What is one thing you can start doing today that will help you get better at anything, stop bad habits, or start good ones? And is it completely free (mostly)?
Journaling. Not a diary. A learning journal.
In this article, I share 10 reasons backed by science why writing in a learning journal is so powerful AND my top 10 tips for starting and maintaining a journal to help you achieve your personal and professional goals.
In my 25 years of helping people, teams and organisations get better at the stuff they want to get better at, I found few learning tools as powerful and as accessible, as maintaining a learning journal. It may be the tool I recommend the most to my coaching clients, many of whom are deep subject matter experts who like to know the science and evidence before they commit.
Why does the simple act of putting pen to paper hold such transformative power in our learning journey? As we journal about our learnings, thoughts, and experiences, we set in motion a complex cognitive process. Multiple areas of our brain light up, facilitating the processing of information and emotions. This has not only proven to ease the burden of challenging moments in our lives but also unlocks the door to learning, bolsters our memory, and enhances our overall cognitive capabilities.
The focused act of handwriting (and not typing), slower than our incessantly rapid thoughts, acts as a countermeasure to our relentless autopilot. Journaling grounds us in the present moment and engages our senses in the tactile experience of writing. This article shares my experiences of maintaining a learning journal as a writer and as a coach, and the science behind it, including educational and psychological theories. A learning journal can become your own executive coach in your professional and personal development.
Learning Journals: Backed By Science
Scientific evidence supports the power of writing in a learning journal. As we document our experiences and thoughts, we engage in a cognitive exercise, retrieving it from memory, fortifying neural connections, and ensuring enduring retention. The process of written reflection, making connections to prior knowledge, and the analysis of your own learning strategies contribute to a well-rounded approach to self-regulated learning. So what does the science say?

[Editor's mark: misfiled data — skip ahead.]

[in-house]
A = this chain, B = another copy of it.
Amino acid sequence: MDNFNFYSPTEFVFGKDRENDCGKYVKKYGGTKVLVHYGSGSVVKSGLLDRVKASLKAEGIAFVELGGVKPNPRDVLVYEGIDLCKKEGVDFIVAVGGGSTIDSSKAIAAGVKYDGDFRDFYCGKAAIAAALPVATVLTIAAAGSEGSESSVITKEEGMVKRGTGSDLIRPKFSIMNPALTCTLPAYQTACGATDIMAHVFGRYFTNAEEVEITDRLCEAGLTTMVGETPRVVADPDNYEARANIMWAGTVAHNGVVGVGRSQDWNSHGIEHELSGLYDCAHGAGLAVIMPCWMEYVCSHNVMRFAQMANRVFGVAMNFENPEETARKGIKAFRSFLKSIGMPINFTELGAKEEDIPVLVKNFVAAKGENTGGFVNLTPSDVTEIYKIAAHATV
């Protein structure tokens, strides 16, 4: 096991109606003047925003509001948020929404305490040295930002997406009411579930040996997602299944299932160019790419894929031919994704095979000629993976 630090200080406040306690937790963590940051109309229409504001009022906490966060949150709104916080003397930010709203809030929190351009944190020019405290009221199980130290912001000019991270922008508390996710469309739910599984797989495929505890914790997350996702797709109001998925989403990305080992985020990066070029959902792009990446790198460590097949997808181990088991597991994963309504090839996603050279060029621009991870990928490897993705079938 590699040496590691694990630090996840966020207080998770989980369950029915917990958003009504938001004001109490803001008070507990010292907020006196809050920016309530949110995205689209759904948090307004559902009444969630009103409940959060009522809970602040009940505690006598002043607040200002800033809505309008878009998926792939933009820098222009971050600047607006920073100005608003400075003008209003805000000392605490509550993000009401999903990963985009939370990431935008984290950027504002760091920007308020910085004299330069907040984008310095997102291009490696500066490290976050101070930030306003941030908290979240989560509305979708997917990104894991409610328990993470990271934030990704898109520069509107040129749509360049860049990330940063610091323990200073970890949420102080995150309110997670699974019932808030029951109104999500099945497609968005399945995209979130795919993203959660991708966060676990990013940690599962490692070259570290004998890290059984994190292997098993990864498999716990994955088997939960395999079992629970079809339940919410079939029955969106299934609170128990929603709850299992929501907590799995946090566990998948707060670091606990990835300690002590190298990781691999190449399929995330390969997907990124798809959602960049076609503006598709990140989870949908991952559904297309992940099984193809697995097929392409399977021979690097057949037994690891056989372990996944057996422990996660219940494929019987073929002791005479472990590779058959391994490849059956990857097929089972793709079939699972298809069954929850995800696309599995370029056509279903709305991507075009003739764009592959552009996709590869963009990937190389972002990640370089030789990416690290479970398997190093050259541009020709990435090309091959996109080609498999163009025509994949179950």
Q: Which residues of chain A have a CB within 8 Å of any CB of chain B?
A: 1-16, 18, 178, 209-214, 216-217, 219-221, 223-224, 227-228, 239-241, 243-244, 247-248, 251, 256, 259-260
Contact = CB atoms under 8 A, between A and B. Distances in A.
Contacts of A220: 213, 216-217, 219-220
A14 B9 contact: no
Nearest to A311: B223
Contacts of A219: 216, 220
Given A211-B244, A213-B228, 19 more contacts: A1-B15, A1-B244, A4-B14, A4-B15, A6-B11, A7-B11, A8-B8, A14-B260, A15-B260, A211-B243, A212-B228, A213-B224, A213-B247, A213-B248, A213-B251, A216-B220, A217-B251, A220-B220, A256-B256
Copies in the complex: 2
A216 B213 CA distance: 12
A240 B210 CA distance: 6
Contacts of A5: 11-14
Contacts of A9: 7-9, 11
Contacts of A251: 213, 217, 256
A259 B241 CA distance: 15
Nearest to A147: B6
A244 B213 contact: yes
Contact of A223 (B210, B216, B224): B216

1. Stress Reduction and Mental Clarity
An experimental study at Michigan State University reveals that expressive writing can cool down your brain during moments of worry, offering a powerful tool for stress management.
2. Health Boost
Journaling about traumatic events and personal feelings has been linked to a lower likelihood of falling ill. A consistent 15-20 minutes of daily journaling over four months has been shown to lower blood pressure and enhance liver functionality.
3. Physical and Emotional Well-being
Regular journaling correlates with fewer stress-related doctor visits, improved immune system functioning, reduced blood pressure, enhanced lung function, and better liver function.
4. Cognitive Enhancement
Engaging in the retrieval practice of writing down information, strengthens neural connections in your brain for better long-term retention.
5. Metacognition and Self-awareness
Journaling fosters “metacognition”, enabling you to understand your learning process, strengths, weaknesses, and thought patterns. It encourages self-awareness by surfacing unconscious emotions, beliefs, and biases that may impact learning.
6. Memory Encoding and Knowledge Integration
The act of writing strengthens memory encoding, creating deeper connections between new information and existing knowledge. Reflection aids in integrating new skills and behaviors into existing frameworks and ways of thinking.
7. Goal Clarity and Overcoming Challenges
Journaling helps articulate your learning goals, increasing focus and motivation. It facilitates the identification of obstacles and the development of strategies to overcome them, fostering confidence and resilience.
8. Improved Learning Strategies
Studies indicate that journal writing improves self-regulated learning strategies, leading to better understanding and performance.
9. Gratitude Journaling for Holistic Well-being
Renowned researchers Robert Emmons and Michael McCullough emphasize that daily gratitude journaling improves sleep quality, strengthens relationships, enhances personal joy, and alleviates physical pain.
10. Recognized Learning Technique
Journaling is endorsed by various educational theories and practices, including Cognitive Science, Constructivist Learning Theory, Vygotsky’s Zone of Proximal Development, Self-Regulated Learning, Self-Determination Theory, Bloom’s Taxonomy, Adult Learning Theory, Reflective Learning, and Pedagogy.
My Top 10 Tips in Starting and Using a Learning Journal